| 5 July 2008
Findings on Tara were altered, says archaeologist
Archaeologists working on excavations on the controversial M3 motorway near Tara (co. Meath, Ireland) feared they would be 'sacked, blacklisted or bullied out of their profession' for not supporting the building of the chosen route, it was claimed. Speaking at the sixth World Archaeological Congress (WAC-6) at UCD, Maggie Ronayne, a lecturer at the Department of Archaeology at NUI, Galway, said that pressure was put on site directors and field teams by archaeologists employed by the National Roads Authority (NRA). "Lip service was paid to archaeology but archaeologists were used to destroy our heritage," said Ms Ronayne. "From the point of view of archaeology, the route chosen by the NRA was the least desirable and other routes were not properly considered because they were not profitable for developers."
Ms Ronayne, who was an excavation director at the Tara valley site in Co. Meath, recently claimed that reports submitted to the NRA had been changed to support the motorway when in fact there was evidence against it. Miss Ronayne claimed she was told to 'change interpretations' so as to 'lessen to potential of numbers of sites'. And she said she was excluded from NRA meetings in which her evidence was altered before reports were passed on to the Government. She said she would be asking congress to pass a resolution calling for the re-routing of the M3. Ms Ronayne also said that the Minister for the Environment's decision to support the nomination of the Hill of Tara as a United Nations Educational, Scientific and Cultural Organisation (Unesco) world heritage site, given the construction of the motorway, could have serious implications for other sites worldwide and could be to the detriment of the local community.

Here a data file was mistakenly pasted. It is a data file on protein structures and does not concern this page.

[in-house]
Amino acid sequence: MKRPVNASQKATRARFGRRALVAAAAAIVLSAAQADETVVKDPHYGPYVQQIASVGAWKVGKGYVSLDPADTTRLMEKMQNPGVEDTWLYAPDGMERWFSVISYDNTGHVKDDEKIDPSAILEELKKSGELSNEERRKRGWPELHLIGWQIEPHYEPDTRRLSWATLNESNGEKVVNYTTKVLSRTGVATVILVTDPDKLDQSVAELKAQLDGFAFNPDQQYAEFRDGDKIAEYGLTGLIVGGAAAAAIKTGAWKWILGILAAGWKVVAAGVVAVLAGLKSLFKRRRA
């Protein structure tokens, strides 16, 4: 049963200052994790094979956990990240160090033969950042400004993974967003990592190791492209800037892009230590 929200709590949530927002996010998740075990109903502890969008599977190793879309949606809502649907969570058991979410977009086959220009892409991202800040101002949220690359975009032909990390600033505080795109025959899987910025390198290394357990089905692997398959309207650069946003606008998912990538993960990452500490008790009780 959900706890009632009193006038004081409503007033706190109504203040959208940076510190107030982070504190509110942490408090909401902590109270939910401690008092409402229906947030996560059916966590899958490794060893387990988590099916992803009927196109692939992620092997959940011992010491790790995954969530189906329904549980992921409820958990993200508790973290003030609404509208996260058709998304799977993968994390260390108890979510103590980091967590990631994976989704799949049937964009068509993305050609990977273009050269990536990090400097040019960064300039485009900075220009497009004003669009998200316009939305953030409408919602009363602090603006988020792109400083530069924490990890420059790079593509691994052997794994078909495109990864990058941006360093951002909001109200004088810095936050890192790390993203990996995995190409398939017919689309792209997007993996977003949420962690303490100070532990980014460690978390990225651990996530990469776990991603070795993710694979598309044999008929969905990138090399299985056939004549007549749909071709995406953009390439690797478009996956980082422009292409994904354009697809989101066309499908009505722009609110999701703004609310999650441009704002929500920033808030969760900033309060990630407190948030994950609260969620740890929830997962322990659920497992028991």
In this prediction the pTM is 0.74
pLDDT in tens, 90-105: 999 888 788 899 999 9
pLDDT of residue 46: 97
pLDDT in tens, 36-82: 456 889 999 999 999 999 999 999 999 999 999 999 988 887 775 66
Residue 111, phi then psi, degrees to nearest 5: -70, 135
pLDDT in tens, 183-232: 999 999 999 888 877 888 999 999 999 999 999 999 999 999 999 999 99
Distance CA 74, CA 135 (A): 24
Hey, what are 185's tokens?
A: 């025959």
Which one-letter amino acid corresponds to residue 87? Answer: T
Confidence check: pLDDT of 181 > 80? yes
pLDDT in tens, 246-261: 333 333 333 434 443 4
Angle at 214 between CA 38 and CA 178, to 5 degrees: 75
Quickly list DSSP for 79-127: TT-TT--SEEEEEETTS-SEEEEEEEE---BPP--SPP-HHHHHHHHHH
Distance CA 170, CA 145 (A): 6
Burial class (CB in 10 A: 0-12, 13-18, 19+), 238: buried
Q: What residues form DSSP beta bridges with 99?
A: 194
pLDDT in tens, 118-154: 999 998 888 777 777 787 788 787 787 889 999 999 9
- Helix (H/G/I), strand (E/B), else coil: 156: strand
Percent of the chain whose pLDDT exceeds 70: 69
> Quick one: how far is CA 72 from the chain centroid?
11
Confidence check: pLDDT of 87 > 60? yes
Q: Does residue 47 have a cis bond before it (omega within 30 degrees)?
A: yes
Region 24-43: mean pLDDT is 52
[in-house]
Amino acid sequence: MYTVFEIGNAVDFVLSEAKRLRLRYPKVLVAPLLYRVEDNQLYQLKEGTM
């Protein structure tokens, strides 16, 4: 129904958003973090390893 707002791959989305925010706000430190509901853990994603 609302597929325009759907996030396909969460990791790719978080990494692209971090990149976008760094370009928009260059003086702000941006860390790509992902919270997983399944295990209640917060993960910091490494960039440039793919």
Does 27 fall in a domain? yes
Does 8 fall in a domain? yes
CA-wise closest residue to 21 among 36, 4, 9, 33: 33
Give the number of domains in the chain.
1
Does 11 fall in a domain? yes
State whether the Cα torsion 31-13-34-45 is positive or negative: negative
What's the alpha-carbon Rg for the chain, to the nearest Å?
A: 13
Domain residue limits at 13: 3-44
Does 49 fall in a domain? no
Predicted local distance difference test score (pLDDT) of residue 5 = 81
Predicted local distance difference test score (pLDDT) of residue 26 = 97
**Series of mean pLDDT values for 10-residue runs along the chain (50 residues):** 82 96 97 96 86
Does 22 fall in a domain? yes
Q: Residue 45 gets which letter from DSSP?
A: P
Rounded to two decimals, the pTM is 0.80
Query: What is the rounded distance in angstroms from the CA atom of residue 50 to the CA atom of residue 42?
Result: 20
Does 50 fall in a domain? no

Discussing the archaeological impact from the building of the motorway, chief archaeologist, Brian Duffy said that it was impossible to consider building a major road anywhere in the country without it having an impact. Laura Grealish of TaraWatch, called on the congress to pass a resolution demanding a stop to work on the M3 in its present route. The High Court ruled in 2005 that none of the 38 areas examined before construction on the road began were national monuments and that the wider area around the Hill of Tara could not be considered a single national monument.
Labour Environment spokeswoman Joanna Tuffy said: "I think we need to bring in a completely independent archaeological survey to make sure that anything that can be salvaged will be. At this stage we’ve already gone too far so we can’t turn back." TaraWatch will this week meet officials from the UNESCO group as it continues its campaign to have the Hill of Tara and surrounding lands declared a World Heritage Site.
Sources: TaraWatch, Irish Mail on Sunday (29 June 2008), Independent (30 June 2008), Irish Times (3 July 2008)
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